Located twenty minutes from Sea-Tac International Airport and an hour south of Seattle, Chambers Bay Golf Club stands as a monument to world-class, environmentally responsible public golf.
Built on the site of a former paper mill, major industrial center, multiple lumber companies, railroad center, sand and gravel mine, bus barn, and regional wastewater treatment plant, this sustainable reclamation project presents a links-style layout rolling down to the very edge of Puget Sound, with the Olympic Mountains providing dramatic backdrop. The course is part of a 930-acre parks project envisioned by county executives and funded by a local bond measure.
RTJ II moved 1.4 million cubic yards of sand to transform the site into a 7,585-yard, par-72 links with fast-running fairways, undulating greens and slightly rumpled ribbons of tees, all grassed in fescue. RTJ II reclaimed the land to design a prestigious Audubon Silver Sanctuary Award winning design.
TRUE LINKS STYLING
Much like the beloved links courses of Scotland and Ireland, Chambers Bay allows for creative shot making—particularly along the ground. Many holes invite players to choose among various routes from tee to green. Risk/reward opportunities abound, though wide fairways welcome all golfers to swing away. As Robert Trent Jones, Jr. says, “You can play more options at Chambers Bay than at the Chicago Futures Market.” No housing mars the purity of the golf holes, and as Chambers Bay is a continuously turfed, walking-only venue, no cart paths intrude upon the natural look.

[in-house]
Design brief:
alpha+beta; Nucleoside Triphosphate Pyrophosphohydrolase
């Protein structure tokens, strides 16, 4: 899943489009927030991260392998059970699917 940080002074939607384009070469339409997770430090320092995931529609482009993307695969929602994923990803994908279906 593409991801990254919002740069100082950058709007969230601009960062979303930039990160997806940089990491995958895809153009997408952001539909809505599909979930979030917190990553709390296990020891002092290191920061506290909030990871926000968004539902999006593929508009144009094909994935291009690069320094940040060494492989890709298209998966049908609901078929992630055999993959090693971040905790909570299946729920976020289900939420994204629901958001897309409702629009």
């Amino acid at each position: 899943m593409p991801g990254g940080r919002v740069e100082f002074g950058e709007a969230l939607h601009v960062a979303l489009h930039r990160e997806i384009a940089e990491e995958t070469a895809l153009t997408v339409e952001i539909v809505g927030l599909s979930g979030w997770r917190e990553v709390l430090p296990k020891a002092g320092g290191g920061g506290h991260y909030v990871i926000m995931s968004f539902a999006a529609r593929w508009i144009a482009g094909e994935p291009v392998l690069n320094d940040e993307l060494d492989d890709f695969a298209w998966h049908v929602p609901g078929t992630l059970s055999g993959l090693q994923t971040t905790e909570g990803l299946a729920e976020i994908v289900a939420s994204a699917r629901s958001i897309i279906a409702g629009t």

Golf has always been a public game since it was first played in Scotland 600 years ago. RTJ II supports and promotes public golf worldwide. In partnership with local officials, Chambers Bay represents the kind of public works project that we believe is crucial to the future of golf.
The first major tournament held at Chambers Bay was the 2010 U.S. Amateur Championship. The U.S. Open Championship is scheduled for June 18-21, 2015. The last time the U.S. Open was played on such a new golf course was in 1970 at Hazeltine Golf Club in Minnesota, which was designed by Robert Trent Jones Sr. and opened for play in 1962.